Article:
It’s 27 minutes long, featuring me painting this month’s project and “thinking aloud” about what I’m doing. It’s like watching me do a demo in a workshop. (And being on Vimeo rather than YouTube it’s advert-free.)
All my current Patreon subscribers should have received an email with a code to watch it for free; check your spam filters if you haven’t. If you beome a subscriber (on any tier) by 15 January 2020, you’ll also be sent a VIP code. Find out more here…
(If you don’t see the video embedded above, go here…)
Do I get bonus points for ticking something off my to-do list before it’s even fortnight into 2020? Thoughts and comments appreciated, as always.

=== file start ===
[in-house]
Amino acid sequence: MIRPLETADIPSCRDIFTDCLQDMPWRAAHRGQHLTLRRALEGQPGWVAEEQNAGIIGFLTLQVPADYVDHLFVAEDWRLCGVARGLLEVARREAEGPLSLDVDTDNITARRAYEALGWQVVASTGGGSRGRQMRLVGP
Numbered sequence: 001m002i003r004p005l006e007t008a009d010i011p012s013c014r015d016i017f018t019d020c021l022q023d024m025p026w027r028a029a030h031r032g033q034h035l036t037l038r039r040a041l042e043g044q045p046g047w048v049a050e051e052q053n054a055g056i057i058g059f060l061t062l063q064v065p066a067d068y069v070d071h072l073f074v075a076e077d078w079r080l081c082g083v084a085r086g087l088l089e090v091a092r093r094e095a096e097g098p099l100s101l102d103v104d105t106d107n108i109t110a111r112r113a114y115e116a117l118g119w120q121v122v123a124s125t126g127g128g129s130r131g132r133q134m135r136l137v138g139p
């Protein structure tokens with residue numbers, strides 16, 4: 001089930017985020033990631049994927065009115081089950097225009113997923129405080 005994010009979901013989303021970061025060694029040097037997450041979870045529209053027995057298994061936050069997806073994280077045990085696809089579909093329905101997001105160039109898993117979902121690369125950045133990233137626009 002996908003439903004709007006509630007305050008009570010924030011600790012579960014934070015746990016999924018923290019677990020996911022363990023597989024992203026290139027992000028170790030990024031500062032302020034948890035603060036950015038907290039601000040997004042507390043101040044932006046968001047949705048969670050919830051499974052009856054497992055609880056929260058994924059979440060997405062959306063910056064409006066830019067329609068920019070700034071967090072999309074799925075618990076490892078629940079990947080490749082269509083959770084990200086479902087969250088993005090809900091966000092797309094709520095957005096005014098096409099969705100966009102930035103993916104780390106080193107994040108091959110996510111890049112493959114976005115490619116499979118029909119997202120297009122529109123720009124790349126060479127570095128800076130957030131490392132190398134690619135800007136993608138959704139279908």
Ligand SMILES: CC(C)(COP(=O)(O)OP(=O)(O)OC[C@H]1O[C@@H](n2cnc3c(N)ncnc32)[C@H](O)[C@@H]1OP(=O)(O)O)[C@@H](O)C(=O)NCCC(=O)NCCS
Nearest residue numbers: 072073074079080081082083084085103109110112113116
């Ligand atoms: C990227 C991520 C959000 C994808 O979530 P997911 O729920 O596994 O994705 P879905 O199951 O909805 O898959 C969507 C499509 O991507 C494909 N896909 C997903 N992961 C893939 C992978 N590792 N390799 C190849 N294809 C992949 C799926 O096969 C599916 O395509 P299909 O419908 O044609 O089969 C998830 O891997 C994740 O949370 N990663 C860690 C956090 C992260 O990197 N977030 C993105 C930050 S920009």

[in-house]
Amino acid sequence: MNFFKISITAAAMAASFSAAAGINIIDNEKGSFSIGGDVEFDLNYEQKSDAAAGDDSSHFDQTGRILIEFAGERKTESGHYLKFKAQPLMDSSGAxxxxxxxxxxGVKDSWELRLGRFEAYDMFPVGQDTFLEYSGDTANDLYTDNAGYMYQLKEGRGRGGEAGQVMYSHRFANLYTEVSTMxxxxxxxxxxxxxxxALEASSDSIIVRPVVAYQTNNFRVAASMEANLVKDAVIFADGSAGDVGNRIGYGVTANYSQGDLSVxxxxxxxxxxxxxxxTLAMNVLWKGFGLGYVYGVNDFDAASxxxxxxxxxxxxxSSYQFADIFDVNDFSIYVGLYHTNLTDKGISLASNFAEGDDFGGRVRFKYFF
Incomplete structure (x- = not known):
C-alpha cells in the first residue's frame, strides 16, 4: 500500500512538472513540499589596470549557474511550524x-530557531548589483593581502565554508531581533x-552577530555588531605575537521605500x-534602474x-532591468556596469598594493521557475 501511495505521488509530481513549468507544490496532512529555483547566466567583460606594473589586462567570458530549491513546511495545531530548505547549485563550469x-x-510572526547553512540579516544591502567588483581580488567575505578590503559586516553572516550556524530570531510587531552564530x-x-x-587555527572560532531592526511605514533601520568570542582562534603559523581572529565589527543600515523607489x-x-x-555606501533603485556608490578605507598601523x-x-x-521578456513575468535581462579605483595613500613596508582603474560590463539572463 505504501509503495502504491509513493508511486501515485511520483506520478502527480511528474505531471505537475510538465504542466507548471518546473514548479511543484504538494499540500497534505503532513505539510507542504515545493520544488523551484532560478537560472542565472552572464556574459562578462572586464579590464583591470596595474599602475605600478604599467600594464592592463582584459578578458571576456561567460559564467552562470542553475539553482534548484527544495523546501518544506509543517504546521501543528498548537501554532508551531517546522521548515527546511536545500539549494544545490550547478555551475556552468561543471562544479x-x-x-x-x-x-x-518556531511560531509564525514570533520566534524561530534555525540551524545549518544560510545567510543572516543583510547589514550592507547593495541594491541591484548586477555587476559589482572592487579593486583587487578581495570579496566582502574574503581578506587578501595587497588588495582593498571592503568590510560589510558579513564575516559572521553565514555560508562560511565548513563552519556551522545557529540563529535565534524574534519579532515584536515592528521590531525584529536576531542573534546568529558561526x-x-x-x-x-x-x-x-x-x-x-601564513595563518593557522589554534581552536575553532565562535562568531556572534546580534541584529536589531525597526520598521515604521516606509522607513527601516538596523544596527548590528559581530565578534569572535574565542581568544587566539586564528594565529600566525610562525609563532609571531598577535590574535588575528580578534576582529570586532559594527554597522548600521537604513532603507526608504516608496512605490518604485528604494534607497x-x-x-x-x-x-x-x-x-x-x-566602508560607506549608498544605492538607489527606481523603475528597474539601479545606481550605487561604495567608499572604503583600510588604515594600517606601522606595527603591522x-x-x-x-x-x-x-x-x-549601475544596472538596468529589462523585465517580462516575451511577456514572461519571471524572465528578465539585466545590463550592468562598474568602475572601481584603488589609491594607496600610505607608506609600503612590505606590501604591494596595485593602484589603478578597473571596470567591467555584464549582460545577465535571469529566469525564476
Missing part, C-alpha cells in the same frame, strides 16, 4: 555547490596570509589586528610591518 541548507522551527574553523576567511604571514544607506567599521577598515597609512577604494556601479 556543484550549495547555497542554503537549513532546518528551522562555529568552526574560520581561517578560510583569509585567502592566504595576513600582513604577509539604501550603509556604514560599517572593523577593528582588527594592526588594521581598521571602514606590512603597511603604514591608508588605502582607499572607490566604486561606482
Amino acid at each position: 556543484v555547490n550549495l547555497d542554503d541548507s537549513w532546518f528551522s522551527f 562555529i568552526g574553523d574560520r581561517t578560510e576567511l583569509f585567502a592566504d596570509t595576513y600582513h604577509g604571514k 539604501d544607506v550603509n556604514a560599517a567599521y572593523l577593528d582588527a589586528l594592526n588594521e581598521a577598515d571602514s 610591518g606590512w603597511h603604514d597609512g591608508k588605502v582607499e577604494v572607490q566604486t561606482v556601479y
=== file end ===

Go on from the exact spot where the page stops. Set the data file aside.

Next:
There’s one little tree in the Uig woodland that wears its autumn colours later and longer than the rest. I call it the “The Little Tree That Could” (context: the children’s book The Little Engine That Couldwith the lines “I think I can, I think I can … I knew I could“) and first painted it in 2014 (see this blog). On Monday I went to say hello again, taking my watercolours and some acrylic ink (video link if you don’t see it below).
This video was taken when I started moving the colour around with a rigger. (It goes a awry for a bit as I open a bottle to add more orange, just skip that bit. Video link)
My fourth painting is my favourite, ending up a bit like Moses’ burning bush. Watercolour only.
I was sitting on a convenient rock next to the stone wall. 1 = Watercolour set. 2 = Painting drying. 3 = A bit of waterproof padding to sit on. 4 = Plastic folder with paper that also serves as a ‘drawing board’. 5 = Inks and fluid watercolour in plastic box. 6 = Water bottle (for me before my brushes) 7 = Backpack with raincoat, biscuits etc.